You’re going to have to read the novella to find out his story, but like everyone, even the assholes among us, Jake is the hero of his own narrative, the center around which his world revolves. Yet Jake collides with others who have their own agendas, who have scores to settle and scores to make and their own needs. Jake’s narrative conflicts with Jennifer’s and with those of his, um, business partners and colleagues.

You say you didn’t have a novella in mind – did you find it difficult to contain the story you wanted to tell in a smaller space?

I’d written novels and short stories, but never a novella. I think I fit the story to the novella’s shape and length, or that maybe the novella’s length shaped the story. And yes, it was very difficult.

I had trouble locating crucial places in the narrative, i.e. it was difficult to intuit where the beginning ended and the middle began and where the end began. Does that make sense? I just didn’t have a feel for it.

A novella requires a novel’s depth, but without a novel’s sprawl. Writing a novella is like doing a high dive into a well, rather than swimming into an open sea. You can drown doing both, but it’s safer and less claustrophobic to write a novel. A novella is an unforgiving form. But there’s room for discovery, unlike the short story which is usually built on one idea, one twist.

A novella is deep enough to contain various characters and their complexity of feeling and motive.

I think that each form – short story, novella, novel – tells a different kind of story.

Fahrenheit Press

You’ve been to Las Vegas many times, but was it hard to get the city into your headspace after your Dead series’ Los Angeles location?

It was strange to write about the living instead of writing about the dead.

I enjoyed imagining taste, touch the smell of the air, the sensation thirst, hunger, pain, etc. 

I realized that I’d been in dead mode for a long time now. It felt good to be alive.  I also enjoyed contemplating a place other than Los Angeles. And Las Vegas has everything. 

For Everything Happens, writing about the living, did you have to control all those descriptive elements about the senses? What was the editing process like?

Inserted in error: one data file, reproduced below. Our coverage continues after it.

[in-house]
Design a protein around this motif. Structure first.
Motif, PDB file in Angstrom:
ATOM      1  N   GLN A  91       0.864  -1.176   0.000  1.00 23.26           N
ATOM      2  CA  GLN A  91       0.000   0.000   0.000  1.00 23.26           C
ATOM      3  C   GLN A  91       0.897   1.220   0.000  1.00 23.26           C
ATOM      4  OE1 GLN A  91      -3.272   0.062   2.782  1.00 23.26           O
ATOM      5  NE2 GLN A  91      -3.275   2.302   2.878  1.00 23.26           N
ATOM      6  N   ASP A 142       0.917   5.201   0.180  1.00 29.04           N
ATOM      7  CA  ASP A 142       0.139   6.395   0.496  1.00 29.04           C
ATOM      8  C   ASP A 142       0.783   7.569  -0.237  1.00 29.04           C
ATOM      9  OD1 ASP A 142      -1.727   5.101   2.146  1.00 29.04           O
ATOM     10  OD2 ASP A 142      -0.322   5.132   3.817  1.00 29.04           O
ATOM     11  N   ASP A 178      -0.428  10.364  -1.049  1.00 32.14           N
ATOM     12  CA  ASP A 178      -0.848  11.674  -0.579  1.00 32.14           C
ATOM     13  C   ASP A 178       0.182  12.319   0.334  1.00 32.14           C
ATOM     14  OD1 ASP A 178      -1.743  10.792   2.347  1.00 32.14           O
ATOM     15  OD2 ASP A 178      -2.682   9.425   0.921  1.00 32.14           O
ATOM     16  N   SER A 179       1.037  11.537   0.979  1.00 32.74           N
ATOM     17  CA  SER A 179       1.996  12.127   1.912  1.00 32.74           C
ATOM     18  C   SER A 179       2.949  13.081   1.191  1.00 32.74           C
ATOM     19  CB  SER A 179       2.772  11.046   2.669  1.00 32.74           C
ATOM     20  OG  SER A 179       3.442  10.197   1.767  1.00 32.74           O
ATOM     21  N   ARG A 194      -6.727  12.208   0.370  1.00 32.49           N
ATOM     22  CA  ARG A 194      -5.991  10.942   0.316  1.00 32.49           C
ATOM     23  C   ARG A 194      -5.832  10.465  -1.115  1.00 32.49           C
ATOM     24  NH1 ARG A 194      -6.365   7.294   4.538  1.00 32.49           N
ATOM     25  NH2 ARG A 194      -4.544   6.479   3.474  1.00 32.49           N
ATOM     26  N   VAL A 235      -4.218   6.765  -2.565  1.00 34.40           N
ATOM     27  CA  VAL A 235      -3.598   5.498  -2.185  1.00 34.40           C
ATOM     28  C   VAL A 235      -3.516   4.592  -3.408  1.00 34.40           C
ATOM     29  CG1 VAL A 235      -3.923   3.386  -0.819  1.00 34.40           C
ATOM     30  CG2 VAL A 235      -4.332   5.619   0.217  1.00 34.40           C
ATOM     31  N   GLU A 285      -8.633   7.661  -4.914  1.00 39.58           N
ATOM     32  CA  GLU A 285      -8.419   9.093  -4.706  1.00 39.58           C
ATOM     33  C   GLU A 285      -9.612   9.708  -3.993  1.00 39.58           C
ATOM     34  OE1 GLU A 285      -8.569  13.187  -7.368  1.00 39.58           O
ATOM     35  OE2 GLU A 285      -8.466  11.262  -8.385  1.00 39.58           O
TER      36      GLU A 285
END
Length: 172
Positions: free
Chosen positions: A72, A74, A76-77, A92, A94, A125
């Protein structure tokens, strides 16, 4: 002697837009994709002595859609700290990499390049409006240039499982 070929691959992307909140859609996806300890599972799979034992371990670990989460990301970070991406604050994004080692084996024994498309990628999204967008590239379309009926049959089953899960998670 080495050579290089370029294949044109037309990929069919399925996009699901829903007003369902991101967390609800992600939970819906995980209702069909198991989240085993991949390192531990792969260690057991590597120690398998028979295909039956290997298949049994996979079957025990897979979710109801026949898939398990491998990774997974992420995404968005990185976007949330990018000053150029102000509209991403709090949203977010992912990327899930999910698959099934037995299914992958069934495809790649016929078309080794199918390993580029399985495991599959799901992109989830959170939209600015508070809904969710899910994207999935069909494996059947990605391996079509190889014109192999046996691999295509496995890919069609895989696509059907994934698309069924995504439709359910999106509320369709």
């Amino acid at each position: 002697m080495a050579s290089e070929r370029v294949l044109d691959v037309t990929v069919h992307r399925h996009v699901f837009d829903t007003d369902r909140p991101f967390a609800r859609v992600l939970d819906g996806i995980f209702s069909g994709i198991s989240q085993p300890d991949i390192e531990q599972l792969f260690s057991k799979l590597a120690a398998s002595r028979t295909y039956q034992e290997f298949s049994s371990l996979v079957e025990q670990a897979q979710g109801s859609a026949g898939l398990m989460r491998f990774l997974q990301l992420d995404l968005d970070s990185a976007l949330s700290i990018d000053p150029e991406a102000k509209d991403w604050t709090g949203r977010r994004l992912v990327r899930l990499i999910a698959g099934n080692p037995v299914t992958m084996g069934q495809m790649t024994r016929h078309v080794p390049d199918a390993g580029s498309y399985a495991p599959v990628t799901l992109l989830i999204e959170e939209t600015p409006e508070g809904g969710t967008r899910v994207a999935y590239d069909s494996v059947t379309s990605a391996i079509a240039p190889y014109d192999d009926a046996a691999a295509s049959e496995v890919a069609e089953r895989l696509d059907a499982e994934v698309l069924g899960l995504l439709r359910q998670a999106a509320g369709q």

Each place must be described as the character experiences it. Los Angeles and Las Vegas are vivid, full contrasts, and inhabited by fantasists and dreamers – the ironies are built-in and reveal themselves.

Writing about the living made me feel enlivened. It felt really good. 

As for editing, I am a relentless reviser/rewriter. I just keep rewriting until it feels right, sound right, is clear, complete and feels true to character/or my aims.

Did you have any conversations with Derek Farrell about how you would both approach the concept?

Yes. Before we embarked on our novellas, Derek and I had a productive, clarifying conversation about how we could connect our stories, and we agreed on Las Vegas and a few other things.

Derek is brilliant, generous, and lovely to talk to. That conversation helped me dive in. 

You wrote episodic television. Which show did you write for, and how has that translated to your books?

My husband and I wrote and produced episodic television as a team. We wrote for Simon & Simon, did a Star Trek: Next Generation script, did three scripts for 21 Jump Street, and wrote for a few other shows no one remembers––Sidekicks, Snoops––and stuff for shows that didn’t make it to air. Also, a few movie scripts that never were produced.

I learned so much from writing for television, especially for Simon & Simon which was a hit show––efficient, with amazingly talented people working in every part of production and writing.